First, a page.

Pep Puig, La vida sense la Sara Amat (Barcelona: Proa, 2016). 295 pages.
Josep is 12 years old, and he’s been spending the long summer holidays at his grandparents’ house in a Catalan village called Ullastrell. It’s early September 1981; he and his gang of friends (la colla) are playing hide-and-seek at nigh time when one of them, Sara, 13, suddenly disappears. Where has she gone? What has happened? Has she been abducted? Or is she fleeing home?
|Ullastrell: it's s big small world. Photo by Pere López.|
A search party is quickly organised, with no success. In the meantime, Josep has gone back to his room, where he discovers Sara, who is neither pretty nor ugly. In fact, Josep fancies Sara a fair bit, and when she asks him to keep mum about her whereabouts, he easily acquiesces.
The house is a big one, the typical two-floor building with long corridors and a shop at the front. Josep’s grandfather died a couple of years before, so his widow appreciates her grandson’s company. What follows is a tender love story and a literary game between reality and fiction. Quite incredibly, Sara gets to stay at Josep’s room for longer than a week. He gets her three meals a day, she gets to use the bathroom and even the shower every now and then; she hides beneath the big bed whenever visitors approach.
|The first edition of War and Peace.|
So what does she do with her time when Josep is not in the room? She reads Tolstoy’s War and Peace. We learn that Sara is thought of as ‘a little weird’ by most villagers. In fact, she’s a gifted and talented teenager, who should have been sent to a first-rate school by her parents. Nonconformist and a little rebellious, she hates the village and wants to leave and decide for herself what her life will be like.
“Of all of us, Sara was the only one who was different. The rest of us were all alike, except for her, who was different. Already as a little child. I daresay Sara’s difference essentially lay in her intelligence, not so much her rebellious instinct. I mean, if she was rebellious, it was precisely because she was far more intelligent than all of us. It must have been very hard for her to adapt to a village full of idiots, I mean; and even though I was not from the village, I count myself as one of them. And the older she got, the worst it became. She kept coming out to play with us, but it was almost against her will, as if by the force of habit of so many years doing so, but you could already see that one day she would stop coming and would leave us alone for good. At least, I did; and I particularly see it now, remembering her when she was nearing her thirteen years of age, sitting on the green wooden bench under the mulberry tree, sullenly looking towards the far end of the street, as if she were already pondering the way to flee.And it was certainly what she was doing: pondering the way to become a fugitive from the village.” (p. 15-16, my translation)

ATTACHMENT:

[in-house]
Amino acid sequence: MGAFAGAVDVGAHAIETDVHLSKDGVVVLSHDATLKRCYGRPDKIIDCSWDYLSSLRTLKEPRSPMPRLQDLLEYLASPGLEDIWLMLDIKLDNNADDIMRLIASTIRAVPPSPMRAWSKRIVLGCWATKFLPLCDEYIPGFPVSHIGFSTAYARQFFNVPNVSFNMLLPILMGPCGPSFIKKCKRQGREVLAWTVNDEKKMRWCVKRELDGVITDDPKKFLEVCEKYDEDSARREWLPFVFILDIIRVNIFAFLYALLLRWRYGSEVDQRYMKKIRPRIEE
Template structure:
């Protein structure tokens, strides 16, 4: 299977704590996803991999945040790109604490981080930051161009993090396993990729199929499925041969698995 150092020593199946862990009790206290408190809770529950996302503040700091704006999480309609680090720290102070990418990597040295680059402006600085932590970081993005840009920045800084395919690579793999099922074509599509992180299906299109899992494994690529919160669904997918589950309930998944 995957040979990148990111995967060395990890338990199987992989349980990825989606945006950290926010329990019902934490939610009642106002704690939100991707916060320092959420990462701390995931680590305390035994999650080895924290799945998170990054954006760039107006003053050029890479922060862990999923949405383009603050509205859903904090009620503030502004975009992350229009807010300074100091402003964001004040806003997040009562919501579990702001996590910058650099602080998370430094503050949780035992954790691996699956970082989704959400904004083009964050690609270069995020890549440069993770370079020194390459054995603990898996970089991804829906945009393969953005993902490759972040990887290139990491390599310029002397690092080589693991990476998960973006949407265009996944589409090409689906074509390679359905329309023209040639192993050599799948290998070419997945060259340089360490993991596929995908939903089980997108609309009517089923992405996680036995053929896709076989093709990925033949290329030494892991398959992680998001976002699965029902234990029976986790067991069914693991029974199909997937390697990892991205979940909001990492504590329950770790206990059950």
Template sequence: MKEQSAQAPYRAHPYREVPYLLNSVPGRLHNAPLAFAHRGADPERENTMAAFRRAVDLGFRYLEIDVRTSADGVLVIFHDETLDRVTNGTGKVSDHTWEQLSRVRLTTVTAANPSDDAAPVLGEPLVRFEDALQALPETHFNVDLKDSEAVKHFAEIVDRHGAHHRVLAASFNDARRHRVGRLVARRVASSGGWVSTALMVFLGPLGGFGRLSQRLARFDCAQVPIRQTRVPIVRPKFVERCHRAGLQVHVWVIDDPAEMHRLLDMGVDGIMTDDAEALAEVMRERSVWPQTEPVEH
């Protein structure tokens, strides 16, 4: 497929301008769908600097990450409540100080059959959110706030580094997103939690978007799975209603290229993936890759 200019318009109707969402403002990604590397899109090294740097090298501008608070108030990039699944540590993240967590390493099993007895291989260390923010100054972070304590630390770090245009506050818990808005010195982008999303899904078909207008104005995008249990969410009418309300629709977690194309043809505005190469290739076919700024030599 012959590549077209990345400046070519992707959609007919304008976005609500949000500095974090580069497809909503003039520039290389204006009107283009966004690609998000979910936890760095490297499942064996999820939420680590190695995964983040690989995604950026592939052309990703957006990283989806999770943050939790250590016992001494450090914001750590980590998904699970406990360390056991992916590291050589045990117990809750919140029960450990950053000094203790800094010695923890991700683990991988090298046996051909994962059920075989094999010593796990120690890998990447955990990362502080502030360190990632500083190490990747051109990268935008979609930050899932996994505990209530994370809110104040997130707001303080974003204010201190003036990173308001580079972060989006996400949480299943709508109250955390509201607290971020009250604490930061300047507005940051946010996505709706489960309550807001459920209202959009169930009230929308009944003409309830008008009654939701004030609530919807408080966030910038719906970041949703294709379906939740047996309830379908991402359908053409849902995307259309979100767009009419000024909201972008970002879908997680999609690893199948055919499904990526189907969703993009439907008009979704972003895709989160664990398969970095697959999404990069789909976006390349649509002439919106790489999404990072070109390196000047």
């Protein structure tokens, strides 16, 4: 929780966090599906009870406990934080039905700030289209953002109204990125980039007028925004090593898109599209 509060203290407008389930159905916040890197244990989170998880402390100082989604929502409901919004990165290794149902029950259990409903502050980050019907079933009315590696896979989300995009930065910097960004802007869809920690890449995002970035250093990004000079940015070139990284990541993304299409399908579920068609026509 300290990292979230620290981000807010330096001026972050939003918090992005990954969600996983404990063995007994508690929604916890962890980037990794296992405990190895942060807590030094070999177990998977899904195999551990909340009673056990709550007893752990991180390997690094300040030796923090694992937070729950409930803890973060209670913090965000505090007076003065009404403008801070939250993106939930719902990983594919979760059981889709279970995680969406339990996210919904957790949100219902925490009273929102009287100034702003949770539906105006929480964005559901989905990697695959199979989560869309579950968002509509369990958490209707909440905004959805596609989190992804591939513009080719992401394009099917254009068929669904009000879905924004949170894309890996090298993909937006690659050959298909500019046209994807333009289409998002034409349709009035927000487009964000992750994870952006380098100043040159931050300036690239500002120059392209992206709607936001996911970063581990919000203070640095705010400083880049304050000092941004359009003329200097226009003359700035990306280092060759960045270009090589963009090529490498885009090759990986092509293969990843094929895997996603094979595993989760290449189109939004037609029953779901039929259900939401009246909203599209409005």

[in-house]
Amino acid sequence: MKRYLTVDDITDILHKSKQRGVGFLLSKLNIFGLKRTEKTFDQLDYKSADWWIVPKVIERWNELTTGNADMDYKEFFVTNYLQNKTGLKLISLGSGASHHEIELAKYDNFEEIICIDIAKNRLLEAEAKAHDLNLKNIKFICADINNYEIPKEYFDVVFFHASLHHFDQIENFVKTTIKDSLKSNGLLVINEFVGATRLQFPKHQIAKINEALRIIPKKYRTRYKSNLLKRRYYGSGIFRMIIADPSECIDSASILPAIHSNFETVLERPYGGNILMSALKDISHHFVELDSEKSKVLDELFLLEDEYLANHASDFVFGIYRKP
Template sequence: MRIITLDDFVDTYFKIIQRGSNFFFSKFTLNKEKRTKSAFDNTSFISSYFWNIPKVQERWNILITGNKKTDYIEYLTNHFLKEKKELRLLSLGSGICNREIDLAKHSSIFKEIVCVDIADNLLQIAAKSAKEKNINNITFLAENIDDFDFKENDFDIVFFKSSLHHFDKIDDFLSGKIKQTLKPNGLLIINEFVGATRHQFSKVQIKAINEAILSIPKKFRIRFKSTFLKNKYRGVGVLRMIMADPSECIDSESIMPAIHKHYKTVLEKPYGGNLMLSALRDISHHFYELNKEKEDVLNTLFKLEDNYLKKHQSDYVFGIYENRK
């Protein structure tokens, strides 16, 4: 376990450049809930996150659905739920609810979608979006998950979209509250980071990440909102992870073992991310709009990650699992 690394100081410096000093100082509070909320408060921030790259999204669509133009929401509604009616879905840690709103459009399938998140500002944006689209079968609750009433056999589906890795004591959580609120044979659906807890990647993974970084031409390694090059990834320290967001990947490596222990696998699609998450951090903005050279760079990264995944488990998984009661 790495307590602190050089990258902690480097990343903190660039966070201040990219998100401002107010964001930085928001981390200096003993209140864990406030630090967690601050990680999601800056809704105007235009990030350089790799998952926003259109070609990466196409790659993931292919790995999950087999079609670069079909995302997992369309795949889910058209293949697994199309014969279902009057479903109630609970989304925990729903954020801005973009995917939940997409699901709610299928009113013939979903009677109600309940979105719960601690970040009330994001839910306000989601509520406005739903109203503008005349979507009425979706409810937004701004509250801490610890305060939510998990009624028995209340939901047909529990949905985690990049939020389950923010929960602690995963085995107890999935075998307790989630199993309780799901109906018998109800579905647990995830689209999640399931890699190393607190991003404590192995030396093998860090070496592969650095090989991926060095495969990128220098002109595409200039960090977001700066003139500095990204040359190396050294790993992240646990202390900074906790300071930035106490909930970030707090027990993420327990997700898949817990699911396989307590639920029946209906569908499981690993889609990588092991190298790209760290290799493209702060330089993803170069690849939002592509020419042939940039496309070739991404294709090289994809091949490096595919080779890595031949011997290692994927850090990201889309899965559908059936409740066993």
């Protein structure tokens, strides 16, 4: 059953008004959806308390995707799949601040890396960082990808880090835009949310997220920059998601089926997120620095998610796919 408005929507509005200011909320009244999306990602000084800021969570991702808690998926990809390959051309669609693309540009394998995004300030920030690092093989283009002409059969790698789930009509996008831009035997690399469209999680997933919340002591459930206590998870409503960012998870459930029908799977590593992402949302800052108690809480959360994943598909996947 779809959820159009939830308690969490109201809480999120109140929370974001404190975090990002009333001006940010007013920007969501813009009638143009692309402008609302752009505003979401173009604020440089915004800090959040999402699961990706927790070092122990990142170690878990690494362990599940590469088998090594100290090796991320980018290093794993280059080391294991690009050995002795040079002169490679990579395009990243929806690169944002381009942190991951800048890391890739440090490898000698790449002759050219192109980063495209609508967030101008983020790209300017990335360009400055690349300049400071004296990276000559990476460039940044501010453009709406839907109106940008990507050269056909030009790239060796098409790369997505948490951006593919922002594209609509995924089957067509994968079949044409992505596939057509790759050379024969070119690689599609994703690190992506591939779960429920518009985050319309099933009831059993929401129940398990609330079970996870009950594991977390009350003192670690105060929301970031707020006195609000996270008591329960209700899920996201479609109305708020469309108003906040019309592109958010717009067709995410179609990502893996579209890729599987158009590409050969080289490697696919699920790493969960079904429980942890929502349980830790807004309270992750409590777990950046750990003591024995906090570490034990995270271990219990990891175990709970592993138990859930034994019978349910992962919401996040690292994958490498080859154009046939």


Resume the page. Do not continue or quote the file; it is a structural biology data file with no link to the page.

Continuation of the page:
La vida sense la Sara Amat [Life without Sara Amat] is an assured and sensitive narrative on the challenges and fears any teenager encounters. Told by an adult Josep with an autobiographical technique, the story makes the young kid face the issues that appear while growing up and reaching maturity. Puig succeeds in inviting the reader to understand which are the contradictory aspects of the adult world that completely puzzle and baffle young Josep: love and sexuality, of course, but also hypocrisy, loyalty and secrecy.
Leaving aside its minor issues of plausibility, Pep Puig achieves a rare sensitivity in this novel: young Josep is a timid boy, hesitant and apprehensive about the trials life will bring him to, yet the adult narrator (how dissimilar he can be from the author is probably a tricky question) creates a deftly balanced story. Just as Josep discovers something about himself by staring at his reflection in the mirror, La vida sense la Sara Amat is an invitation for the reader to doublecheck their firmest notions about fiction and memory. Let’s play hide-and-seek once again.
La vida sense la Sara Amat was awarded the Sant Jordi Prize for fiction in 2015. The first twenty-odd pages are available for download here.